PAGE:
Desk Report: Experts at an international conference has called upon the United Nations (UN) and other members of the international community to use diplomatic channels to provide sufficient humanitarian assistance and other support to ensure the protection and rights of Rohingya women, children and other vulnerable groups.
On the last session of the two-day conference titled ‘Rohingya Refugee Crisis: Towards Sustainable Solutions’ organised by Centre for Genocide Studies, Dhaka University (DU), BRAC University and ActionAid at DU, representatives of several countries, including Bangladesh, came up with the ‘Dhaka Declaration’ as an outline measures for finding sustainable solutions, co-signed by the participants. The conference ended on Tuesday.
"We call upon the international community to ensure their voluntary, dignified, informed and protected return," the declaration reads.
Recalling the promise of the Global Summit 2005, the declaration urged to take timely and decisive action in accordance with the UN Charter in situations of mass killings and mass eviction.
They called upon the international community to comprehensively investigate the ongoing acts of genocide, mass atrocities, crimes against humanity and ethnic cleansing in Myanmar and demanded the prosecution and punishment of those offenders responsible for such violations, and protect the Rohingya from further harm.
The experts emphasised the responsibility of Myanmar in restoring and protecting citizenship rights and human dignity for all, including enacting legislations upholding the socio-cultural, political and economic rights of the Rohingya population.
The declaration stressed the importance of and the need for strengthening cooperation at various levels -- community, civil society regional, national and international – in order to prevent the continuing mass violence against the Rohingya population.
The participants at the conference extended solidarity and support to the government of Bangladesh in their efforts to provide for and protect the persecuted Rohingya community.
Recognising the contribution of the Bangladesh community and highlighting the socio-cultural, economic and ecological impact of the Rohingya refugee crisis on them, their lives and livelihoods, they called upon Myanmar and the international community to address the issues of loss and damage.
They demanded that members of the international community incorporate and implement access to justice, gender equity and equality, child protection, principles of good governance, transparency and accountability when formulating future sustainable solutions.
The speakers from home and abroad emphasised the need to constructively build on the strengths of the Rohingya population, particularly women, and engage them as leaders in the design of any future sustainable development solutions in line with the SDGs.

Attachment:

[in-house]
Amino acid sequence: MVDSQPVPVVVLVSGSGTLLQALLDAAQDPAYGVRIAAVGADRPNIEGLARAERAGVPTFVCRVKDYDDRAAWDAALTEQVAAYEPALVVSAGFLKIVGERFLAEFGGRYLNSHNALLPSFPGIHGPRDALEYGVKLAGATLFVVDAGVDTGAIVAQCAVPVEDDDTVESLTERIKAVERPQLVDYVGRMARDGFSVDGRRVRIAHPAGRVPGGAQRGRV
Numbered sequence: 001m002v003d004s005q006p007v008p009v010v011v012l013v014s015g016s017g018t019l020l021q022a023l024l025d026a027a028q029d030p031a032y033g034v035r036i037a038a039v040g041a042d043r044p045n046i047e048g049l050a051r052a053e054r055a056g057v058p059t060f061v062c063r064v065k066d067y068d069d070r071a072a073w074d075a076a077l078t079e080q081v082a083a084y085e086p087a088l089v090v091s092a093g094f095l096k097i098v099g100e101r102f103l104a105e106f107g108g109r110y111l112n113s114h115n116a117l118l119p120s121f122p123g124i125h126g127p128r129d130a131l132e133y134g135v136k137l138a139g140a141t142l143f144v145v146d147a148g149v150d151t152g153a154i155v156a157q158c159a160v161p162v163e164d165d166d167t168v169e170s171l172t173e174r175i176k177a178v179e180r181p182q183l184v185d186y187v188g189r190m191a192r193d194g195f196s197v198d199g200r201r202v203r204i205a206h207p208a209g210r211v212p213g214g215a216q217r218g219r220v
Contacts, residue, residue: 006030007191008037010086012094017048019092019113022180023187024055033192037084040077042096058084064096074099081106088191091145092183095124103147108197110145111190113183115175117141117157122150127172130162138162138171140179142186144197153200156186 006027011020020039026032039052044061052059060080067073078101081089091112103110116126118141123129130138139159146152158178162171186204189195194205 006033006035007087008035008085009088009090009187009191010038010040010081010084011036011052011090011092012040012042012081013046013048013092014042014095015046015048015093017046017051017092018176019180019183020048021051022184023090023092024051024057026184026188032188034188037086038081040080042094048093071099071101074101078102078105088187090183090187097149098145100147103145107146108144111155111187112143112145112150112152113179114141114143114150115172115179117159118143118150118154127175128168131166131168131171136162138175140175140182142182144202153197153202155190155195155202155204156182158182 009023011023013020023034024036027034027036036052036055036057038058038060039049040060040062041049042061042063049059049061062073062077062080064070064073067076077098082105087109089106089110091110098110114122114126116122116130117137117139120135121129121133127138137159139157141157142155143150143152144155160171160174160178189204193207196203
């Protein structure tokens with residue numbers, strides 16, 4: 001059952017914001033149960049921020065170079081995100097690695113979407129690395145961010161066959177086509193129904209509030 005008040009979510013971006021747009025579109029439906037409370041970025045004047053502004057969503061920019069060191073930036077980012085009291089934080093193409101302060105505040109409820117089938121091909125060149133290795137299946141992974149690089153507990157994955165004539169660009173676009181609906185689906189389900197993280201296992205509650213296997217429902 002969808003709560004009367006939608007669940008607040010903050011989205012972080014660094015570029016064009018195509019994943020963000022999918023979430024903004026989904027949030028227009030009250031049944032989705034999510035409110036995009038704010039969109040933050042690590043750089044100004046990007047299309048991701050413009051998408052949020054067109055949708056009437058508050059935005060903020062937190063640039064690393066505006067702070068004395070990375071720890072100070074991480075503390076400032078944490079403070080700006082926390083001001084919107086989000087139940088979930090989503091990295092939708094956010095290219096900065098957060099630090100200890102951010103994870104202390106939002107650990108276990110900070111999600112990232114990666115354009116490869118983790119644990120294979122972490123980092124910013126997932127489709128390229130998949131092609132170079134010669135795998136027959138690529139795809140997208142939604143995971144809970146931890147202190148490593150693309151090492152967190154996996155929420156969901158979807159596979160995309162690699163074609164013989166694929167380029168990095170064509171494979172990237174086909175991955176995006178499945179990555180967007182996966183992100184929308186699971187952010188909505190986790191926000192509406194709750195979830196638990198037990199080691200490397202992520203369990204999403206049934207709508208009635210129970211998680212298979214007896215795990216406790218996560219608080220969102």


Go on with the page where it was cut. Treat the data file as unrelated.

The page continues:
They supported the UN Special Rapporteur on Myanmar’s recommendation “to establish a documentation structure to collect, map and preserve evidence of human rights violations and abuses, and testimony from refugees in Cox’s Bazar,” and call upon the UNGA to implement the recommendation.
The Dhaka Declaration says perpetrators of genocide/ethnic cleansing/crimes against humanity must be held accountable. Those directly responsible and those who are complicit must face justice individually and collectively.
Those who have taken the responsibility to support and protect the persecuted women, men and children, for mitigating the harm or trying their best to make it right, should be recognised for their role and for the example they set for others.
Prime Minister's Foreign Affairs Adviser Dr Gowher Rizvi in his speech on the declaration said the Rohingya crisis is a deep and preplanned as well as well organised by Myanmar.
As Bangladesh is not responsible for the crisis, the country alone cannot solve it. The solution has to come from Myanmar, he said.
Mentioning Myanmar unsafe for Rohingyas, he said, international pressure need to be ensured to return the Rohingyas back to their country.
Professor Imtiaz Ahmed, Director of Centre for Genocide Studies at Dhaka University, said the genocide against Rohingya cannot be denied in any way.
In her closing remark, Farah Kabir, country director of ActionAid Bangladesh, urged the international community and world leaders to come forward and stand up for the issue.
Manzoor Alam, Executive Director of the Centre for Peace and Justice at BRAC University, Chair of ActionAid Bangladesh,said, the Dhaka Declaration is a living document which needs more reviewing and implication.
When the Dhaka Declaration was presented in the conference, experts from host Bangladesh and India, Thailand, the USA, the UK, Sweden and Singapore expressed their solidarity with it.
risingbd/Dhaka/April 03, 2018/A K Azad